We’re never too old to stop dreaming


It’s never too late to shoot for a life-long dream. If you don’t believe me, just ask George Markle.

The 91-year-old veteran of World War II just received his high school diploma — 75 years after leaving high school to join the Army.

“It means I finally achieved something worthwhile,” he said Tuesday morning, still wearing the cap and gown provided for him as he celebrated his accomplishment with fellow residents and staff at the Nevada State Veterans Home.

“Not many people get to graduate at 91. It’s a wonderful feeling,” he said.

Through the Operation Recognition program, Bigelow High School in Bigelow, Arkansas, where George had been attending school before the Japanese bombed Pearl Harbor on Dec. 7, 1941, issued him a diploma.

Although he had enough credits to graduate, he had quit school early to join the Army, serving as an infantry scout.

“I’m glad I survived the war. Sometimes I didn’t think I was going to survive.”

Though he had two happy marriages, raised four children, celebrated life with 18 grandchildren and great-grandchildren, and worked hard, there was something missing in his life. For seven decades one thing has eluded him — that diploma. That simple piece of paper that said he was a high school graduate.

It was evident Tuesday just how much it meant to him. His joy was a bright as his smile, which lit up the room. It spread from person to person and soon practically everyone at the veterans home was smiling and congratulating George on getting his diploma. (See photo on page 3.)

Among those celebrating was Boulder City resident Charm McElree. Though she only met George a short time ago, she couldn’t have been happier to see him honored.

Charm, who retired a few years ago after working as the coordinator for the adult education program for San Bernardino County in Victorville, California, has been passionately working behind the scenes to make sure that the Operation Recognition program was available to Nevada veterans, and that they knew how to apply to get their diplomas.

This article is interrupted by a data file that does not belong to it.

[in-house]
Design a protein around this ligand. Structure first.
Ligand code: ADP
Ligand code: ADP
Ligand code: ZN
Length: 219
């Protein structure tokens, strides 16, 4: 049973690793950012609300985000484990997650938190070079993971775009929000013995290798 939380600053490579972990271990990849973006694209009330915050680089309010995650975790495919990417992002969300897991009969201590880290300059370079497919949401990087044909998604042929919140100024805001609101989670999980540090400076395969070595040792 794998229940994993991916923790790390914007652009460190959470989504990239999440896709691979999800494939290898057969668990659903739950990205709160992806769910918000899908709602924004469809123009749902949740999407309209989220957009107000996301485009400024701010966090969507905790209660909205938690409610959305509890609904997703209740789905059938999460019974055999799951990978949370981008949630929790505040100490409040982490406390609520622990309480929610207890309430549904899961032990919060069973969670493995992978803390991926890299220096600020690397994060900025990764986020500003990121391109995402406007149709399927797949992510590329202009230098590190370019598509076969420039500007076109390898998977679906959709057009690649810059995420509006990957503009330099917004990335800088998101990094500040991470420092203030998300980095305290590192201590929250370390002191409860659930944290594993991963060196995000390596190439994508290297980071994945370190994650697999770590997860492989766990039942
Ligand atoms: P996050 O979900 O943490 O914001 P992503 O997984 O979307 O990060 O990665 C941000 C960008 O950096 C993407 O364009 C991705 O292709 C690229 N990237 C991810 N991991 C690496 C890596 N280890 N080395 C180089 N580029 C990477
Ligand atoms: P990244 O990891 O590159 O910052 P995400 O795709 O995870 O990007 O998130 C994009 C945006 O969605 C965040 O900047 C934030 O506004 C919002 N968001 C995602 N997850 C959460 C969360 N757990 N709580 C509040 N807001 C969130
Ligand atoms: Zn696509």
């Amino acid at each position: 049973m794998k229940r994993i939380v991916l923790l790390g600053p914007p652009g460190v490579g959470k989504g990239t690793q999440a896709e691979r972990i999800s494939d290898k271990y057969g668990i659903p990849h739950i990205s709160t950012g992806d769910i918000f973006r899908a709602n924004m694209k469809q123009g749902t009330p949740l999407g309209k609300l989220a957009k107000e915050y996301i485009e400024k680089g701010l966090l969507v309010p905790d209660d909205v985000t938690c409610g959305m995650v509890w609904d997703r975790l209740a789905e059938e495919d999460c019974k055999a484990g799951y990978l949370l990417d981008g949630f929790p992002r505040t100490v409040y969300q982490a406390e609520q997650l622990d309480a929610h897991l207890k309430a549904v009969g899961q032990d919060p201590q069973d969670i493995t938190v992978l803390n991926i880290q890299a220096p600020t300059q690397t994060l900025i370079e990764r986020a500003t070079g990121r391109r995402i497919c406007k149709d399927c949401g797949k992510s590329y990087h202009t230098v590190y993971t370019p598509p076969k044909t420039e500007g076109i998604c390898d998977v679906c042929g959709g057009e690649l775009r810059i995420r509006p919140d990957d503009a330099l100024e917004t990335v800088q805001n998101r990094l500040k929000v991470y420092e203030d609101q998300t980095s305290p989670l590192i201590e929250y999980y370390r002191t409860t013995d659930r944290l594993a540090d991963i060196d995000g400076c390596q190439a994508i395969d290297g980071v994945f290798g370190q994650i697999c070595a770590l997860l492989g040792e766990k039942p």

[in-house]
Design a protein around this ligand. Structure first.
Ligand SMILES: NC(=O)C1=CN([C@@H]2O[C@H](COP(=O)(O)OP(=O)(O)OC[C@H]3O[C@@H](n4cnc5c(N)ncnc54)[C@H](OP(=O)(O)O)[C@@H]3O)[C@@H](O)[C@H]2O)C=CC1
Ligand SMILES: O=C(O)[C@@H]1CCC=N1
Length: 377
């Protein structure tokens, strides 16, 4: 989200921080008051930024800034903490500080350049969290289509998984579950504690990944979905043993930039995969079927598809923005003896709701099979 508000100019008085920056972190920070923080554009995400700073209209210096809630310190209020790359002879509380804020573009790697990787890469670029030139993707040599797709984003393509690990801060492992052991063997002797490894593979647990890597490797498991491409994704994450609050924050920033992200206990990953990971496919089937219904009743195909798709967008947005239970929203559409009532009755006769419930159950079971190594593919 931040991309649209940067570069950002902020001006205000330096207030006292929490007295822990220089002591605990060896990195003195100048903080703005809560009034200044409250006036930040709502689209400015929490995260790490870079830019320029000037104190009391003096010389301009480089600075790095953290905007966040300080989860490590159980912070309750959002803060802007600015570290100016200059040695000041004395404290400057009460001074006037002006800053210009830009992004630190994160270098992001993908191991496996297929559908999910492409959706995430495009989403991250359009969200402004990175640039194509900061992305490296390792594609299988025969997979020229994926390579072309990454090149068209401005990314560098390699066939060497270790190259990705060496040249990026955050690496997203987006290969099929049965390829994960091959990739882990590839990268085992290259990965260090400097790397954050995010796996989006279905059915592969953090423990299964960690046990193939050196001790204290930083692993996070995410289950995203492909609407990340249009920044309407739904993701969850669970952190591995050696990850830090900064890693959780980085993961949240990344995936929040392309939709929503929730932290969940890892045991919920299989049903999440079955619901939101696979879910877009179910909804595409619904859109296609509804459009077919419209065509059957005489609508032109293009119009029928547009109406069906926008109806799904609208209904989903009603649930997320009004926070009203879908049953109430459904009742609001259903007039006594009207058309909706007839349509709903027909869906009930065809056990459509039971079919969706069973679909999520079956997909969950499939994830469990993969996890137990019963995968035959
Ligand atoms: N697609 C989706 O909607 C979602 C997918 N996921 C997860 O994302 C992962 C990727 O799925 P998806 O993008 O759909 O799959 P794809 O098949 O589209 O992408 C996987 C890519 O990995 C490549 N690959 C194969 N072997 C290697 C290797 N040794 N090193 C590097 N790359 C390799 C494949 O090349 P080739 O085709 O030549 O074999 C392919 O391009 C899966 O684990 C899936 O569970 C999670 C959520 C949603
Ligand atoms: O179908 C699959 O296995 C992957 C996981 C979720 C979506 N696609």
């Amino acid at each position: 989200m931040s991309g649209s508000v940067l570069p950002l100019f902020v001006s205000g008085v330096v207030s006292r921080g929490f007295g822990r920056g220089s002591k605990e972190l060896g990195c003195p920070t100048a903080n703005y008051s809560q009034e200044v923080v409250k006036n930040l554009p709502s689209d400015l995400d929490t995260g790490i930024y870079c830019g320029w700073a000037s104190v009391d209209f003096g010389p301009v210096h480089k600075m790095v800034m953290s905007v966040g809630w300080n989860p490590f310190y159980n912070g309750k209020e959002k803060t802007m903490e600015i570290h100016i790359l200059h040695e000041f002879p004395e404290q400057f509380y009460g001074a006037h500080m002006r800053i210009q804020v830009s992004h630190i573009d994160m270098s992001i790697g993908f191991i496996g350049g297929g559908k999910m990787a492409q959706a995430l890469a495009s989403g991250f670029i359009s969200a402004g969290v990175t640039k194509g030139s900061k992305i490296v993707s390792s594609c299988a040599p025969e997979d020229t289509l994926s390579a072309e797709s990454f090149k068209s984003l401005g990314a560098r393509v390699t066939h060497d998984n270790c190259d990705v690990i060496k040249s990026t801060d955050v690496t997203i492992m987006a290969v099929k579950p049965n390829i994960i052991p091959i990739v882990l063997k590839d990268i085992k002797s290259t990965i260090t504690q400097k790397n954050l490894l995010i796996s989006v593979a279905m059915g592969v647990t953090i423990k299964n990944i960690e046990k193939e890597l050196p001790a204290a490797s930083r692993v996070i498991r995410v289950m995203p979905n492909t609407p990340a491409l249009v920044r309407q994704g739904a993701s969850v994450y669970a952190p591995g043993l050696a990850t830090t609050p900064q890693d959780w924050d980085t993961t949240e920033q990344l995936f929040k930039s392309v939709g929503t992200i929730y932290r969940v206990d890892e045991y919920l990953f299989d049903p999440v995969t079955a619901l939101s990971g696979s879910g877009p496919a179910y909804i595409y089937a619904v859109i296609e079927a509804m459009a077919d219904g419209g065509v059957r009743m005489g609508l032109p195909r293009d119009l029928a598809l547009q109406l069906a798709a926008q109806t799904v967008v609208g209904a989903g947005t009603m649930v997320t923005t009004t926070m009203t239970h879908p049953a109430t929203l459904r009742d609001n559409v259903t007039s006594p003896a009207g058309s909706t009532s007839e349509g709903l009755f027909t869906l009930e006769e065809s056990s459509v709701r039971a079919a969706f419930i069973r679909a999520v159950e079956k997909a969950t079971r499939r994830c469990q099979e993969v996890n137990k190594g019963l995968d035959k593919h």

The program recognize the sacrifices people made serving their country during World War II through the Vietnam War, foregoing their educations to join the armed forces. Although it has been offered in Nevada since 2003, very few people know — or knew — about the program until Charm moved here.

For nearly three years she has been working to get a link to the program on the state department of veterans services’ website. When it did on April 1 last year, she cried.

George is the first veteran she has been able to present a diploma to. She has obtained two posthumous diplomas for relatives and will attend a special graduation ceremony next month in San Diego for a Las Vegas veteran. Plus there are a few more in the works.

Charm said it took about one month to help get all the paperwork in order for George to receive his diploma. Seeing his smile made everything worthwhile.

It’s people like George, a sweetheart of a man who greeted me by kissing my hand, are exactly the reason why the Operation Recognition program exists.

More information and an application packet is available at http://www.veterans.nv.gov/page/operation-recognition.

Hali Bernstein Saylor is editor of the Boulder City Review. She can be reached at hsaylor@bouldercityreview.com or at 702-586-9523. Follow @HalisComment on Twitter.